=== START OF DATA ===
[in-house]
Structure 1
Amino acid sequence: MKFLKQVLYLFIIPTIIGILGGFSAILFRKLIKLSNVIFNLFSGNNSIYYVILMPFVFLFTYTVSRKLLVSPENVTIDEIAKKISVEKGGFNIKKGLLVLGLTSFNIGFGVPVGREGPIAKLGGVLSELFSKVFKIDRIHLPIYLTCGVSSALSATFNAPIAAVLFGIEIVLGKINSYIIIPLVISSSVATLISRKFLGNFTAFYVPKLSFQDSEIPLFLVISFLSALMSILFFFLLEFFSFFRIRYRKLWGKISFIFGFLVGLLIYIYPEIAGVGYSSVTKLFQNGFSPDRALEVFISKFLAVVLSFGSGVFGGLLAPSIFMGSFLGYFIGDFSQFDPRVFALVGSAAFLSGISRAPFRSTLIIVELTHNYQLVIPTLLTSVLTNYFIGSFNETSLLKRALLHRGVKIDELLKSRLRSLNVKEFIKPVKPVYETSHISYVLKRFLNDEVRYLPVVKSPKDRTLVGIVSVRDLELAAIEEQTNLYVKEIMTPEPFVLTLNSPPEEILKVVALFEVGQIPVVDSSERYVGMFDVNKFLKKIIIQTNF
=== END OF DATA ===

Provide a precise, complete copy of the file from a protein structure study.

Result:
[in-house]
Structure 1
Amino acid sequence: MKFLKQVLYLFIIPTIIGILGGFSAILFRKLIKLSNVIFNLFSGNNSIYYVILMPFVFLFTYTVSRKLLVSPENVTIDEIAKKISVEKGGFNIKKGLLVLGLTSFNIGFGVPVGREGPIAKLGGVLSELFSKVFKIDRIHLPIYLTCGVSSALSATFNAPIAAVLFGIEIVLGKINSYIIIPLVISSSVATLISRKFLGNFTAFYVPKLSFQDSEIPLFLVISFLSALMSILFFFLLEFFSFFRIRYRKLWGKISFIFGFLVGLLIYIYPEIAGVGYSSVTKLFQNGFSPDRALEVFISKFLAVVLSFGSGVFGGLLAPSIFMGSFLGYFIGDFSQFDPRVFALVGSAAFLSGISRAPFRSTLIIVELTHNYQLVIPTLLTSVLTNYFIGSFNETSLLKRALLHRGVKIDELLKSRLRSLNVKEFIKPVKPVYETSHISYVLKRFLNDEVRYLPVVKSPKDRTLVGIVSVRDLELAAIEEQTNLYVKEIMTPEPFVLTLNSPPEEILKVVALFEVGQIPVVDSSERYVGMFDVNKFLKKIIIQTNF